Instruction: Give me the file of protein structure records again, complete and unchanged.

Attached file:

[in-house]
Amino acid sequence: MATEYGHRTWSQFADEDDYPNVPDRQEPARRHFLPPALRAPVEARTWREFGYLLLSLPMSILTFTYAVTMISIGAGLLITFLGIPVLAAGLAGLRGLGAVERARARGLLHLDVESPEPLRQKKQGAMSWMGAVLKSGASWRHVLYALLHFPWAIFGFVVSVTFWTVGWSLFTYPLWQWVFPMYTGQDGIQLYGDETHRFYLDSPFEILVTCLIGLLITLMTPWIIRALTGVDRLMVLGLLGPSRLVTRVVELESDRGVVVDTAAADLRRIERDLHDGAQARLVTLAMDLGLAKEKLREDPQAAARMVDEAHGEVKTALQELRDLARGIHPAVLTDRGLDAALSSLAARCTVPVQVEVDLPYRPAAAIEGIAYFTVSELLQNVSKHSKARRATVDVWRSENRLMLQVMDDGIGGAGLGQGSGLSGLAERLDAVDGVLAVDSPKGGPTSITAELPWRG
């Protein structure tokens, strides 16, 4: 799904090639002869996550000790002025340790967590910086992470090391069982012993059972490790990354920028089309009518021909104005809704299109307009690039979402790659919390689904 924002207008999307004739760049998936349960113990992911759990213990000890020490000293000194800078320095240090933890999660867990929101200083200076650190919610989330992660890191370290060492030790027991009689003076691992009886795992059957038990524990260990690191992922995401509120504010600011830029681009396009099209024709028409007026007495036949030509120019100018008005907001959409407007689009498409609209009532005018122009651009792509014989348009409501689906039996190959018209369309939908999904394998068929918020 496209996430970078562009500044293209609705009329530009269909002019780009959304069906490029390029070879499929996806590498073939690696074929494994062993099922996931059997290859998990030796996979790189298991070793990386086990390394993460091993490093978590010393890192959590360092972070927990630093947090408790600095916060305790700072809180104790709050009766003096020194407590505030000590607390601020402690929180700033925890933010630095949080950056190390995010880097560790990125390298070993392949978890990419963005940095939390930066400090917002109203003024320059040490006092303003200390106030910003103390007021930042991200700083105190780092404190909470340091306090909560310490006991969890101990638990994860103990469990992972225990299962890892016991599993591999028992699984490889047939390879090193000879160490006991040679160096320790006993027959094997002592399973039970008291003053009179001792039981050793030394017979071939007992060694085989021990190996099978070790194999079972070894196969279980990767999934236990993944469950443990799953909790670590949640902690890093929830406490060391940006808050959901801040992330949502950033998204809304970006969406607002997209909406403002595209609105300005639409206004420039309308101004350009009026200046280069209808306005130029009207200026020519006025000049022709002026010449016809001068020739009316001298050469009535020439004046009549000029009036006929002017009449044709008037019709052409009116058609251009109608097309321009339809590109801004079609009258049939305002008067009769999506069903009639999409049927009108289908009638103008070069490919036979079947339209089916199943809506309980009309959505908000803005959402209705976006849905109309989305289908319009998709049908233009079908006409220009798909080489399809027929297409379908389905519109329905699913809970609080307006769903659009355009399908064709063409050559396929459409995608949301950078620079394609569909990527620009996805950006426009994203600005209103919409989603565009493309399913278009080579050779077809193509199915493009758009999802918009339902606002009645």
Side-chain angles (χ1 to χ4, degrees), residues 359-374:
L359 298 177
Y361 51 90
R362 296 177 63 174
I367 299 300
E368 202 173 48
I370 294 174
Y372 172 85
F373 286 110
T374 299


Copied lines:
[in-house]
Amino acid sequence: MATEYGHRTWSQFADEDDYPNVPDRQEPARRHFLPPALRAPVEARTWREFGYLLLSLPMSILTFTYAVTMISIGAGLLITFLGIPVLAAGLAGLRGLGAVERARARGLLHLDVESPEPLRQKKQGAMSWMGAVLKSGASWRHVLYALLHFPWAIFGFVVSVTFWTVGWSLFTYPLWQWVFPMYTGQDGIQLYGDETHRFYLDSPFEILVTCLIGLLITLMTPWIIRALTGVDRLMVLGLLGPSRLVTRVVELESDRGVVVDTAAADLRRIERDLHDGAQARLVTLAMDLGLAKEKLREDPQAAARMVDEAHGEVKTALQELRDLARGIHPAVLTDRGLDAALSSLAARCTVPVQVEVDLPYRPAAAIEGIAYFTVSELLQNVSKHSKARRATVDVWRSENRLMLQVMDDGIGGAGLGQGSGLSGLAERLDAVDGVLAVDSPKGGPTSITAELPWRG
């Protein structure tokens, strides 16, 4: 799904090639002869996550000790002025340790967590910086992470090391069982012993059972490790990354920028089309009518021909104005809704299109307009690039979402790659919390689904 924002207008999307004739760049998936349960113990992911759990213990000890020490000293000194800078320095240090933890999660867990929101200083200076650190919610989330992660890191370290060492030790027991009689003076691992009886795992059957038990524990260990690191992922995401509120504010600011830029681009396009099209024709028409007026007495036949030509120019100018008005907001959409407007689009498409609209009532005018122009651009792509014989348009409501689906039996190959018209369309939908999904394998068929918020 496209996430970078562009500044293209609705009329530009269909002019780009959304069906490029390029070879499929996806590498073939690696074929494994062993099922996931059997290859998990030796996979790189298991070793990386086990390394993460091993490093978590010393890192959590360092972070927990630093947090408790600095916060305790700072809180104790709050009766003096020194407590505030000590607390601020402690929180700033925890933010630095949080950056190390995010880097560790990125390298070993392949978890990419963005940095939390930066400090917002109203003024320059040490006092303003200390106030910003103390007021930042991200700083105190780092404190909470340091306090909560310490006991969890101990638990994860103990469990992972225990299962890892016991599993591999028992699984490889047939390879090193000879160490006991040679160096320790006993027959094997002592399973039970008291003053009179001792039981050793030394017979071939007992060694085989021990190996099978070790194999079972070894196969279980990767999934236990993944469950443990799953909790670590949640902690890093929830406490060391940006808050959901801040992330949502950033998204809304970006969406607002997209909406403002595209609105300005639409206004420039309308101004350009009026200046280069209808306005130029009207200026020519006025000049022709002026010449016809001068020739009316001298050469009535020439004046009549000029009036006929002017009449044709008037019709052409009116058609251009109608097309321009339809590109801004079609009258049939305002008067009769999506069903009639999409049927009108289908009638103008070069490919036979079947339209089916199943809506309980009309959505908000803005959402209705976006849905109309989305289908319009998709049908233009079908006409220009798909080489399809027929297409379908389905519109329905699913809970609080307006769903659009355009399908064709063409050559396929459409995608949301950078620079394609569909990527620009996805950006426009994203600005209103919409989603565009493309399913278009080579050779077809193509199915493009758009999802918009339902606002009645």
Side-chain angles (χ1 to χ4, degrees), residues 359-374:
L359 298 177
Y361 51 90
R362 296 177 63 174
I367 299 300
E368 202 173 48
I370 294 174
Y372 172 85
F373 286 110
T374 299